22 students have completed their first year on the BSc (Hons) Football Coaching, Performance & Development course, a degree created by the Scottish FA in collaboration with Edinburgh Napier University.

The course, which is the first of its kind in Scotland, was designed with the University to combine practical experience and qualifications to develop coaching professionals ideally suited to the modern game.

Unveiled on 15 June 2020, the first intake of students are set to conclude their first year on the four-year undergraduate programme with a set of summer training sessions at Oriam – a practical coaching experience allowing the students to work with children and youth players from local clubs.

Students on the country’s only bespoke football-specific coaching degree will have the chance to gain Scottish FA and UEFA coach qualifications which are embedded directly into the programme.

Napier student Liam Thomson reflected on his first full year on the course, highlighting the importance of being able to progress on the Scottish FA and UEFA Coaching Pathways as one of the appeals of the degree.

‘’The first year of the course has been massively enjoyable and one in which I've taken a lot from,” Liam said. “To be able to combine aspects of Sports Science and other sports based topics with the University, as well as going through the Children's Licence and UEFA C Licence with Scottish FA tutors, has been a unique and great way to learn.

Napier student Liam Thomson (left)

Napier student Liam Thomson (left)

“With the view of moving up the coaching pathway, the tutors are taking the time to prepare us for those courses during our first year, meaning we've taken on a whole lot of information which I feel has already improved my coaching.”

Fellow student Marc Kelly added: ‘’As my first year comes to an end, I couldn’t have envisioned it going any better, particularly given the circumstances with the pandemic. Napier and the Scottish FA have struck a great balance between online classes and in-person coaching, meaning I was able to easily grasp the theories we were learning in class as well as being able to put them to practice on the pitch.”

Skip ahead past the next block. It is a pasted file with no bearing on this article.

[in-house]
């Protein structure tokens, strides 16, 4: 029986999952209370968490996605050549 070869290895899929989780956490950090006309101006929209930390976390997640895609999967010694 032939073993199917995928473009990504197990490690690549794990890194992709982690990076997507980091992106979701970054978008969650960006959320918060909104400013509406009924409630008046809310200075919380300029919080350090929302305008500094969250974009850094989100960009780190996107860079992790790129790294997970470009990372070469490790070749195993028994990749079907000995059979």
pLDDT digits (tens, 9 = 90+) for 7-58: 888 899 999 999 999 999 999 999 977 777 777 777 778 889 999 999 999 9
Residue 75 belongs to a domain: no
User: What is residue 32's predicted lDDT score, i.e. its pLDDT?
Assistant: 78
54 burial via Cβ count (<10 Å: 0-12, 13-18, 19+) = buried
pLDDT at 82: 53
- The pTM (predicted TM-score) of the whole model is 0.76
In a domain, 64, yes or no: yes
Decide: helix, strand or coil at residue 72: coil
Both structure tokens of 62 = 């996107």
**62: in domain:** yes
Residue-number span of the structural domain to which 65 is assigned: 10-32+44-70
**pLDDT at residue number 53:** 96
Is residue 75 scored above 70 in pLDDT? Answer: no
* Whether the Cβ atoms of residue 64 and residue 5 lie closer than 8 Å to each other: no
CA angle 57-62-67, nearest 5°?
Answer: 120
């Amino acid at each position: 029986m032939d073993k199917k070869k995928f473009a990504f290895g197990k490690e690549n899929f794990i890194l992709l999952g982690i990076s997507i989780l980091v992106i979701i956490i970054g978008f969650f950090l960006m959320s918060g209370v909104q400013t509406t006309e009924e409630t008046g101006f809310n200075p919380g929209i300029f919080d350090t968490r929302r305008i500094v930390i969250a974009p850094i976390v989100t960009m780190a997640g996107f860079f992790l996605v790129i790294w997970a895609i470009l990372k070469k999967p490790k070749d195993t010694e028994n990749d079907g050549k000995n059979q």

As the students wrap up their first year, Scottish FA Head of Coach Education and Development Greig Patterson reflected on the partnership with Edinburgh Napier and looked ahead to next year.

He said: “The summer holiday sessions that we’ve managed to arrange over the last two weeks act as culmination of the students first year of studies with us in the Edinburgh Napier degree programme.

“They’ve now all completed both the Scottish FA Children’s Coaching Licence and UEFA C Licence, as well as all other subjects and studies with the University, so they’ve been putting those new skills to good use over the past two weeks and working with children and youth players from local Edinburgh clubs.

“We’ve seen several, if not most, of the students come on leaps and bounds in the last year in their coaching, which is testament not only to themselves, but also the University staff and all the Scottish FA staff that have worked with them in the past academic year, which has been severely disrupted at times because of Covid-19 restrictions.

“As they enter their second year, they’ll start to undertake the UEFA B Licence alongside their University studies, and we hope to establish more opportunities for experiential learning for them with the likes of Heart of Midlothian, Hibernian and our own Scottish FA programmes. All-in-all we’re delighted in the progress that the students have made and the impact that they can start to have on the football landscape in Scotland. We look forward to continue to work with them, and also in welcoming a new student cohort to first year.”

Susan Brown from Edinburgh Napier University added: “The summer holiday camps have offered a great opportunity to the students to continue polishing their coaching skills by working with new players and in different situations. It also signals a fitting, albeit late close to the first year of the new BSc (Hons) Football Coaching, Performance and Development degree. 

“Although the programme began while the nation was deep in the grip of a global pandemic, the students managed to complete both the Children’s Licence and UEFA C licence and that is not only a credit to the students themselves and the way they accepted disruption and engaged with all tasks, but it also shows the depth and strength of the collaboration and cooperation between the Scottish FA tutors and Edinburgh Napier module leaders in making sure the integrity and the requirements of the Licences were not compromised due to COVID restrictions.

“It has also been extremely satisfying to hear how many of the students have grown in confidence, not only practically, but also in developing a theoretical understanding across core disciplines. This is an aspect they will continue to build on as they approach the UEFA B Licence in second year.  We are now looking forward to welcoming the new second year direct entrants, and the new first year cohort as they begin their journey through the programme.”